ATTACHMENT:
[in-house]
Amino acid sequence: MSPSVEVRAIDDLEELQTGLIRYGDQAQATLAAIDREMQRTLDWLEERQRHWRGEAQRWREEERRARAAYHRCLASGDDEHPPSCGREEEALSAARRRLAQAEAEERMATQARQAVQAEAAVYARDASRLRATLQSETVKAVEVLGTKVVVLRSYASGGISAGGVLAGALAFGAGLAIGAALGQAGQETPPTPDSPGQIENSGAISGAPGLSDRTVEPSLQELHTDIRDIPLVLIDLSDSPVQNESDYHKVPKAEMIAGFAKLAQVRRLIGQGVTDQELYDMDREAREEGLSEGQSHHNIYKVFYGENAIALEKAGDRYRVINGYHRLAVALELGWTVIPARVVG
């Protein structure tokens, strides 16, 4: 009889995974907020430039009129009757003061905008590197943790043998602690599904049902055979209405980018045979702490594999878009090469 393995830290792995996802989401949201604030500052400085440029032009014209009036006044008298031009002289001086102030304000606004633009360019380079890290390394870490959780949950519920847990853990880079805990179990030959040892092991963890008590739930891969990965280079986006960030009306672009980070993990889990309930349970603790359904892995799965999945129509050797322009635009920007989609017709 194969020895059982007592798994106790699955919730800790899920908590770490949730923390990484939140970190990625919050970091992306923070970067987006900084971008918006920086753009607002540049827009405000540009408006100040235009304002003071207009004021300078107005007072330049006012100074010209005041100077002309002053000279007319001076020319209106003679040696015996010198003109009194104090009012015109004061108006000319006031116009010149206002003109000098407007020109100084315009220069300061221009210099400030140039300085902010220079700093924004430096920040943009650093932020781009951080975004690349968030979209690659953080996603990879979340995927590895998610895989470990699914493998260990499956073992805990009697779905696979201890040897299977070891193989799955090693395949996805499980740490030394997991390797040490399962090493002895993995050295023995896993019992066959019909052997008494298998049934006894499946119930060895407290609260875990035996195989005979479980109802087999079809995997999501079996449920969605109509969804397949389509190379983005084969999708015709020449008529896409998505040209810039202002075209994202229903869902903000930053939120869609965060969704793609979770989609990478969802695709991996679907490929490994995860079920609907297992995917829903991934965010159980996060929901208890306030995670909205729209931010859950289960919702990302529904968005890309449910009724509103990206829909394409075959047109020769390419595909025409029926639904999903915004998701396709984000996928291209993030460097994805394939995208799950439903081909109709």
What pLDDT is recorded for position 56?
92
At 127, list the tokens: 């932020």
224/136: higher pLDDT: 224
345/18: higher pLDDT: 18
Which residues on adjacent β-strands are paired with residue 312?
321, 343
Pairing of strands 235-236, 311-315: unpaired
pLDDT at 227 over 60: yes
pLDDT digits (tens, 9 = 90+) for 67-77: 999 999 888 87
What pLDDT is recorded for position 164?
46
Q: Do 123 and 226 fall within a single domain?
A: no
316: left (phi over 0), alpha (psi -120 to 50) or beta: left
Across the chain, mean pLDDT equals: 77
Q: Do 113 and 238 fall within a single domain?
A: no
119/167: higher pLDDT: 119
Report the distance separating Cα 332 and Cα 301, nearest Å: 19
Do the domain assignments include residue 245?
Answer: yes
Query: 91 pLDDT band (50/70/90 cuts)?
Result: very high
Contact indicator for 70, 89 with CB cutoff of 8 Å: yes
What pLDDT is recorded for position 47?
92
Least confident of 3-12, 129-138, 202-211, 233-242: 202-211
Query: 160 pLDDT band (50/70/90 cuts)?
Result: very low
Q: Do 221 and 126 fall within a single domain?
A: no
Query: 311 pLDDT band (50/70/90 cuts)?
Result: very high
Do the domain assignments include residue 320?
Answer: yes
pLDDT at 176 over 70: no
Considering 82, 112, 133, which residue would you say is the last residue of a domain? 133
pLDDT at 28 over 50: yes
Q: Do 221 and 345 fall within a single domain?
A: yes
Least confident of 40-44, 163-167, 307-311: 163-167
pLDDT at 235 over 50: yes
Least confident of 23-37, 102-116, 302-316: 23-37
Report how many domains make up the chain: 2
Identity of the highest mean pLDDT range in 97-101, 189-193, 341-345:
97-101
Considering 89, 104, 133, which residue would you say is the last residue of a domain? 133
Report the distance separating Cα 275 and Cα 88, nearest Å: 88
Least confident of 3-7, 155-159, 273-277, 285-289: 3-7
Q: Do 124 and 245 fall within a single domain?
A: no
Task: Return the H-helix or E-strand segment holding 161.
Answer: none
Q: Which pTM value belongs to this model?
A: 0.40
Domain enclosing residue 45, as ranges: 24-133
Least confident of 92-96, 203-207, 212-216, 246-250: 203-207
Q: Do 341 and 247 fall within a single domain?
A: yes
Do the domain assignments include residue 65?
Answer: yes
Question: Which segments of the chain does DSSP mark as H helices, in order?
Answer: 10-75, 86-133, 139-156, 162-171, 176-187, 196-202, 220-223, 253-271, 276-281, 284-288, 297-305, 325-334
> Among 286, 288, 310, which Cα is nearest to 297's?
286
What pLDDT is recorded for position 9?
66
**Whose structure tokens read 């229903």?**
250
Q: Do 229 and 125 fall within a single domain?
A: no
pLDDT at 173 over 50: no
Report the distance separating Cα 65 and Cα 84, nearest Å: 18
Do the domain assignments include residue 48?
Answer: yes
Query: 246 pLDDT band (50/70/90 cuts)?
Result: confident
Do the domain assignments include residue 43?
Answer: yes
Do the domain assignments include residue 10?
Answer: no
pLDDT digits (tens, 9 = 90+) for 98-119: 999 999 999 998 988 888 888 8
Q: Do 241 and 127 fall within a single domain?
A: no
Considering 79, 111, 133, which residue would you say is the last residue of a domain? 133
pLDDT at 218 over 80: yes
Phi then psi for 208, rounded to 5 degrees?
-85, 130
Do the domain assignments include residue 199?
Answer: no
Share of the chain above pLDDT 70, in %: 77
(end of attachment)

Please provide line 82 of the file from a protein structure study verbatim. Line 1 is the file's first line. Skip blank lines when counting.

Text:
Do the domain assignments include residue 43?